Can Online Delivery Increase Access to Education?
Though online technology has generated excitement about its potential to increase access to education, most research has focused on comparing student performance across online and in-person formats. We provide the first evidence that online education affects the number of people pursuing education. We study the Georgia Institute of Technology’s Online M.S. in Computer Science, the earliest model to combine the inexpensive nature of online education with a highly-ranked degree program. Regression discontinuity estimates exploiting an admissions threshold unknown to applicants show that access to this online option substantially increases overall enrollment in education, expanding the pool of students rather than substituting for existing educational options. Demand for the online option is driven by mid-career Americans. By satisfying large, previously unmet demand for mid-career training, this single program will boost annual production of American computer science master’s degrees by about seven percent. More generally, these results suggest that low-cost, high-quality online options may open opportunities for populations who would not otherwise pursue education.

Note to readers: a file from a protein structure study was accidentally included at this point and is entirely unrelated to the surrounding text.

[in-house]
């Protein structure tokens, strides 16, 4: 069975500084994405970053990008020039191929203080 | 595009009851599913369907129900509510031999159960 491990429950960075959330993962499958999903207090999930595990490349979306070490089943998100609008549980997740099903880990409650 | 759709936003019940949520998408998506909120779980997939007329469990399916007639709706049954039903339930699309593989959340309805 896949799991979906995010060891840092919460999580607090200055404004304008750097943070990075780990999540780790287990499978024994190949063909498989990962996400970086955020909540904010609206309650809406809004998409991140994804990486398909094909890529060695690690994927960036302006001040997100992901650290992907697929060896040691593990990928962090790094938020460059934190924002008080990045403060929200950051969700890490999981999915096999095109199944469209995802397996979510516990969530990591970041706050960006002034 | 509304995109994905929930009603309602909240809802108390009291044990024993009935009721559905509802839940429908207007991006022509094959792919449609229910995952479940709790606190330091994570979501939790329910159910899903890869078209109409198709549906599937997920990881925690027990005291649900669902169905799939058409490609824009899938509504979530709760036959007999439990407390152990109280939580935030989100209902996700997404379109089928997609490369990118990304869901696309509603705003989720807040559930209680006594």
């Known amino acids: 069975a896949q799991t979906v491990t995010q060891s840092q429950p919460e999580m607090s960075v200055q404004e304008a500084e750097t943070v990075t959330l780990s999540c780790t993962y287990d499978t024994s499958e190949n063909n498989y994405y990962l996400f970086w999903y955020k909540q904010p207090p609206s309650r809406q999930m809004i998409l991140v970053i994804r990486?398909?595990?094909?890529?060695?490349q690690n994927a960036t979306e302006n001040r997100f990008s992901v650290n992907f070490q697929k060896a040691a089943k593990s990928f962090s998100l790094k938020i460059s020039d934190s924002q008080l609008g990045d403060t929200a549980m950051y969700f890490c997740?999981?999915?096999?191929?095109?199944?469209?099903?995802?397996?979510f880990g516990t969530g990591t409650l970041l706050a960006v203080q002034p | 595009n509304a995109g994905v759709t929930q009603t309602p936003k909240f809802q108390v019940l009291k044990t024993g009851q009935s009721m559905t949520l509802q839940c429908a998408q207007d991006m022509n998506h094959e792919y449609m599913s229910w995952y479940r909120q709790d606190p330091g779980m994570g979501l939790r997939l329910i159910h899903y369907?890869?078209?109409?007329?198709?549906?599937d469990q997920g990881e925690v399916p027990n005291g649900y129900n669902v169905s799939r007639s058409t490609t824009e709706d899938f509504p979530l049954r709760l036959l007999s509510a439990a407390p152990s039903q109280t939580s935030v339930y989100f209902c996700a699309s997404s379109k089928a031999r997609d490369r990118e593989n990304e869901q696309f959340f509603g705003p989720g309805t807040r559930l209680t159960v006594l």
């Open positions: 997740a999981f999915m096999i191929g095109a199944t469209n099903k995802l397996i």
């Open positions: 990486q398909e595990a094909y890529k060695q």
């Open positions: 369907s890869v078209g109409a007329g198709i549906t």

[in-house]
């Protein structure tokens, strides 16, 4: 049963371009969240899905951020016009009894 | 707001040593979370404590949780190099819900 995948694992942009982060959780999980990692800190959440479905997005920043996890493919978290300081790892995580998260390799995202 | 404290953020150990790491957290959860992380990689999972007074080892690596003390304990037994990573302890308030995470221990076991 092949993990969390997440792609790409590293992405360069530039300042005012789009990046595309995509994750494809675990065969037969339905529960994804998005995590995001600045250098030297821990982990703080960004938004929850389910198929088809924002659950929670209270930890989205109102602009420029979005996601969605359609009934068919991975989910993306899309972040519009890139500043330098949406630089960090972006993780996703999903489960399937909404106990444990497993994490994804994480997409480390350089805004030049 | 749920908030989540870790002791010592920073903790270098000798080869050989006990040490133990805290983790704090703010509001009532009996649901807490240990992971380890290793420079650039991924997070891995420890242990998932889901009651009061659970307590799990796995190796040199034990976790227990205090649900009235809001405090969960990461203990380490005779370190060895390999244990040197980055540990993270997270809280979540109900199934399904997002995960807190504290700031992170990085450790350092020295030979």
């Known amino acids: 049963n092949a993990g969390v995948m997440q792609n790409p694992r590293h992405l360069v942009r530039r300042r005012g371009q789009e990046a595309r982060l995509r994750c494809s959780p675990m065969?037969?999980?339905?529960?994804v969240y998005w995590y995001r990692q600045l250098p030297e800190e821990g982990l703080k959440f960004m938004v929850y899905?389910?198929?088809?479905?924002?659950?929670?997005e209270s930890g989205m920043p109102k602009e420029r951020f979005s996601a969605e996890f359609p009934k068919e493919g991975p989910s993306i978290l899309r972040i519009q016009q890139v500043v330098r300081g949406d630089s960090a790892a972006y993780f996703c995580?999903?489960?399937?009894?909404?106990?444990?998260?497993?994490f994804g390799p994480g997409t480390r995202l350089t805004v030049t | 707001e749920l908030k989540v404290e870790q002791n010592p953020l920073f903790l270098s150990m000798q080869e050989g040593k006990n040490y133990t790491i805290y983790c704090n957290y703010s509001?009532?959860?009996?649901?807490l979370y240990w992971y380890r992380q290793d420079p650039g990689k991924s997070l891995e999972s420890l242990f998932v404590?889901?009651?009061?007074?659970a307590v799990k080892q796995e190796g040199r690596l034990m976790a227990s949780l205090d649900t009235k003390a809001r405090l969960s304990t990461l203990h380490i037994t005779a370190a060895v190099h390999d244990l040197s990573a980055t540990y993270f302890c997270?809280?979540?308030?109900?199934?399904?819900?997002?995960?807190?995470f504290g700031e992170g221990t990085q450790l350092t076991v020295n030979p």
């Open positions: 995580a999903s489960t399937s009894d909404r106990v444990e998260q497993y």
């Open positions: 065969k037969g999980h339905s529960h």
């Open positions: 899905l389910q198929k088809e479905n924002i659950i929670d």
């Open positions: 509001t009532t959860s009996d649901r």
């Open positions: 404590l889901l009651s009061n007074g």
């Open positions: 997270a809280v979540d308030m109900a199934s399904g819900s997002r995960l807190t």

We thank Zvi Galil, Alan Glass, Michael Terrazas, and David White for supporting this research, explaining how OMSCS and its admissions process works, and sharing data. For helpful comments, we thank David Autor and Lawrence Katz, as well as seminar participants at Harvard, MIT, Columbia, University of Mannheim, CESifo, UIUC, University of Connecticut, University of Virginia, Louisiana State University, NYU, Stanford, Carleton, APPAM and AEFP. Carlos Paez, Melanie Rucinski and Tianlong Xu provided excellent research assistance. The views expressed herein are those of the authors and do not necessarily reflect the views of the National Bureau of Economic Research.
Joshua Goodman & Julia Melkers & Amanda Pallais, 2019. "Can Online Delivery Increase Access to Education?," Journal of Labor Economics, vol 37(1), pages 1-34.